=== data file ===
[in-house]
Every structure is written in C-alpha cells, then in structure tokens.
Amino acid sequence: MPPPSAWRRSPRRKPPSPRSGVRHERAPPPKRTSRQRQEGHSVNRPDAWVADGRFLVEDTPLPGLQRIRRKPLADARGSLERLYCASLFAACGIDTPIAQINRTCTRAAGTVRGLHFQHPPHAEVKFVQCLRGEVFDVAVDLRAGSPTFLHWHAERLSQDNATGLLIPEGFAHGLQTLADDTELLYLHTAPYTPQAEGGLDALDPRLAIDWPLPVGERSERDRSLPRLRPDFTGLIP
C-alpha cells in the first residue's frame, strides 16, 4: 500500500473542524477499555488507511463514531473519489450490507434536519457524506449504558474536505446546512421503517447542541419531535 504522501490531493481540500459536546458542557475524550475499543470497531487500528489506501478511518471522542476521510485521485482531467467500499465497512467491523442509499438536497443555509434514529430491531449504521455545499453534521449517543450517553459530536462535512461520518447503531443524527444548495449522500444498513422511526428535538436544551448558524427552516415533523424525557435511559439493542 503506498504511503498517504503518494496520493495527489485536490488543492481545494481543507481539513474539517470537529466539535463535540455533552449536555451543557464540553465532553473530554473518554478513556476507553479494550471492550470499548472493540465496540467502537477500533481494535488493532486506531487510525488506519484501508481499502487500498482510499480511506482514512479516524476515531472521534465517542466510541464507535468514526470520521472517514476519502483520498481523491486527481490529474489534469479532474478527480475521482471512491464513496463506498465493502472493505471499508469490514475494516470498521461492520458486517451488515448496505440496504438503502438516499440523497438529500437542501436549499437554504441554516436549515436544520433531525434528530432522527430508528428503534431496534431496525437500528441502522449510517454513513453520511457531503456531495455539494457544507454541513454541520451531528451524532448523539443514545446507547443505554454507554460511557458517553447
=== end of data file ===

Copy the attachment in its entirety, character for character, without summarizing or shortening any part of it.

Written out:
[in-house]
Every structure is written in C-alpha cells, then in structure tokens.
Amino acid sequence: MPPPSAWRRSPRRKPPSPRSGVRHERAPPPKRTSRQRQEGHSVNRPDAWVADGRFLVEDTPLPGLQRIRRKPLADARGSLERLYCASLFAACGIDTPIAQINRTCTRAAGTVRGLHFQHPPHAEVKFVQCLRGEVFDVAVDLRAGSPTFLHWHAERLSQDNATGLLIPEGFAHGLQTLADDTELLYLHTAPYTPQAEGGLDALDPRLAIDWPLPVGERSERDRSLPRLRPDFTGLIP
C-alpha cells in the first residue's frame, strides 16, 4: 500500500473542524477499555488507511463514531473519489450490507434536519457524506449504558474536505446546512421503517447542541419531535 504522501490531493481540500459536546458542557475524550475499543470497531487500528489506501478511518471522542476521510485521485482531467467500499465497512467491523442509499438536497443555509434514529430491531449504521455545499453534521449517543450517553459530536462535512461520518447503531443524527444548495449522500444498513422511526428535538436544551448558524427552516415533523424525557435511559439493542 503506498504511503498517504503518494496520493495527489485536490488543492481545494481543507481539513474539517470537529466539535463535540455533552449536555451543557464540553465532553473530554473518554478513556476507553479494550471492550470499548472493540465496540467502537477500533481494535488493532486506531487510525488506519484501508481499502487500498482510499480511506482514512479516524476515531472521534465517542466510541464507535468514526470520521472517514476519502483520498481523491486527481490529474489534469479532474478527480475521482471512491464513496463506498465493502472493505471499508469490514475494516470498521461492520458486517451488515448496505440496504438503502438516499440523497438529500437542501436549499437554504441554516436549515436544520433531525434528530432522527430508528428503534431496534431496525437500528441502522449510517454513513453520511457531503456531495455539494457544507454541513454541520451531528451524532448523539443514545446507547443505554454507554460511557458517553447